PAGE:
Punctal plugs, contact lenses, inserts, nanotechnology— many such devices are in the design phase, the subject of FDA study, or approved for use. Eye drops account for approximately 90% of all ophthalmic formulations, but their effect can be highly variable owing to nasolacrimal clearance, tear film dilution, spillage, and inaccurate instillation. Moreover, pH, ionization, and halogenation can also influence drugs' penetration and absorption. Only approximately 5% of the administered active dose is absorbed or becomes available at the site of physiological activity.6 The reduced corneal absorption can be due to spillage, nasolacrimal drainage/clearance, dilution from tearing and blinking, and systemic absorption through the conjunctival and scleral surfaces. Advanced vehicles have begun to address this problem, but they have also created new potential risks, as mentioned in the recent ASCRS alert.5

Ophthalmic inserts have been available for some time, but their popularity is low, primarily because they rely on patients' compliance. Punctal plugs are a better alternative, but their duration of action is limited, particularly if they are dissolvable. Moreover, therapy ends abruptly if the plugs are suddenly dislodged. Contact lens-driven therapy will be most useful in a postsurgical setting.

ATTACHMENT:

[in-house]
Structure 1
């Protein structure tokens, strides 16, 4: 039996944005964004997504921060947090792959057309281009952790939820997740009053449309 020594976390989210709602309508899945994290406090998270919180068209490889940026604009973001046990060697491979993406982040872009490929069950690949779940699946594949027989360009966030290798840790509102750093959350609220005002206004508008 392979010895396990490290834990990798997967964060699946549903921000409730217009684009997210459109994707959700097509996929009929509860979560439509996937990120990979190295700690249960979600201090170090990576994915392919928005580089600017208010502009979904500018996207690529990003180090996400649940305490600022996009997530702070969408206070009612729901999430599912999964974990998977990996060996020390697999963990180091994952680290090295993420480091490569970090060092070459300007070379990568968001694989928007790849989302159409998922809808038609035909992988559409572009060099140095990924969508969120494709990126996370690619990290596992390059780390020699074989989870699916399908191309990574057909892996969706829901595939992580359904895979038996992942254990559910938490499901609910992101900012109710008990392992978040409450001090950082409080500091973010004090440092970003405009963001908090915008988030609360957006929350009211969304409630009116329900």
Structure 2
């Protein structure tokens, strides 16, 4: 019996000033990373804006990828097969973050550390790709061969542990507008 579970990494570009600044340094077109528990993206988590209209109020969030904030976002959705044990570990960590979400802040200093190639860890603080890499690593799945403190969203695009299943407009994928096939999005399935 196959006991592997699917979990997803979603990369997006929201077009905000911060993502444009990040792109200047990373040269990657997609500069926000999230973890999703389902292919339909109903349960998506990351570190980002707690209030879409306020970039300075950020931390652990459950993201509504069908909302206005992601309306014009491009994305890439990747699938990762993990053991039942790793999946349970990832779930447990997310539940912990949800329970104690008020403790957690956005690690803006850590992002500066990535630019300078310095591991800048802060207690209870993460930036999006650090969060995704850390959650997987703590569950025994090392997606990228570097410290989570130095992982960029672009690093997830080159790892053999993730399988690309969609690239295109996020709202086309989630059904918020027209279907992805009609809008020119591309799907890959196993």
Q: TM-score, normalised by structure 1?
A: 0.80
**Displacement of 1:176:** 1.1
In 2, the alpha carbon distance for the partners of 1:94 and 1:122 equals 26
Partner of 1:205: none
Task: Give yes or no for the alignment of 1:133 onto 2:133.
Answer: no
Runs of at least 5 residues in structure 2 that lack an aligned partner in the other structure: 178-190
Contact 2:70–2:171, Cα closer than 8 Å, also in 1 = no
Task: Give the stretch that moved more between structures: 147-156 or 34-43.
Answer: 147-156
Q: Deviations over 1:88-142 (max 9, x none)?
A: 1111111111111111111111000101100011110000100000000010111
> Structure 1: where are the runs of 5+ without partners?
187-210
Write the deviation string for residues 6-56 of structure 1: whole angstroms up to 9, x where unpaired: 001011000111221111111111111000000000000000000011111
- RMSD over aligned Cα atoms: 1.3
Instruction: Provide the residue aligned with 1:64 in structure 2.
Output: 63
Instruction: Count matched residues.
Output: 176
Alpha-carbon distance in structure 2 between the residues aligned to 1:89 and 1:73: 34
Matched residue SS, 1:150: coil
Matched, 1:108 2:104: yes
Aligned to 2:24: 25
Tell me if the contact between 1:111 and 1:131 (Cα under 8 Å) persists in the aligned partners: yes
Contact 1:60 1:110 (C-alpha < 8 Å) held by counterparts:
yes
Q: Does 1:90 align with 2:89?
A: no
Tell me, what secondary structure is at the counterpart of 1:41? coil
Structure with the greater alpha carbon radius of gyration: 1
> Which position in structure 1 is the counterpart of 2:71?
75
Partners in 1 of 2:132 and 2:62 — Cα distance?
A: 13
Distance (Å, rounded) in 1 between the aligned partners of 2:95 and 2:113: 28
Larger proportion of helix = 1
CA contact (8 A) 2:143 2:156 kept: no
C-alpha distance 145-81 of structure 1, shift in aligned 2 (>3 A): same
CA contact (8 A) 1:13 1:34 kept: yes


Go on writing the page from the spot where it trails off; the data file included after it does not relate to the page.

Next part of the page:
My interest lies in nanotechnology. Biodegradable polymers could be combined with drugs in such a way that the material releases the agent into the eye in a predesigned manner. Researchers in the United Kingdom are making progress with this approach to ophthalmic drug delivery.7 I would very much like to be able to modify the release of a drug as a therapeutic approach after cataract/refractive surgery or as long-term therapy for dry eye disease or glaucoma.

Mitchell A. Jackson, MD, is the founder and director of Jacksoneye in Lake Villa, Illinois. Dr. Jackson is on the speakers' bureaus of Abbott Medical Optics Inc.; Alcon Laboratories, Inc.; and Allergan, Inc. He is a consultant to Bausch + Lomb and is cofounder of EyeScripts Dispensing. Dr. Jackson may be reached at (847) 356-0700; mjlaserdoc@msn.com.

  1. Kaur IP, Kanwar M. Ocular preparations: the formulation approach. Drug Dev Ind Pharm. 2002;28(5):473-493.
  2. Espiritu CR, Caparas VL, Bolinao JG. Safety of prophylactic intracameral moxifloxacin 0.5% ophthalmic solution in cataract surgery patients. J Cataract Refract Surg. 2007;33(1):63-68.
  3. Lane SS, Osher RH, Masket S, Belanie S. Evaluation of the safety of prophylactic intracameral moxifloxacin in cataract surgery. J Cataract Refract Surg. 2008;34:1451-1459.
  4. Haas W, Pillar CM, Torres M, et al. Monitoring antibiotic resistance in ocular microorganisms: results from the Antibiotic Resistance Monitoring in Ocular micRoorganisms (ARMOR) 2009 surveillance study. Am J Ophthalmol. 2011;152(4):567-574.
  5. ASCRS Cornea and Refractive Surgery Committees. Attention: Medication Alert for LASIK and PRK. ASCRS website. http://www.ascrs.org/Press-Releases/attention-medication-alert-lasik-and-prk. Published February 14, 2013. Accessed June 8, 2013.
  6. Gaudana R, Ananthula HK, Parenky A, Mitra AK. Ocular drug delivery. AAPS J. 2010;12(3):348-360.
  7. Nanowerk. Nanoparticles make better eye drops. http://www.nanowerk.com/spotlight/spotid=822.php. Posted September 13, 2006. Accessed June 7, 2013.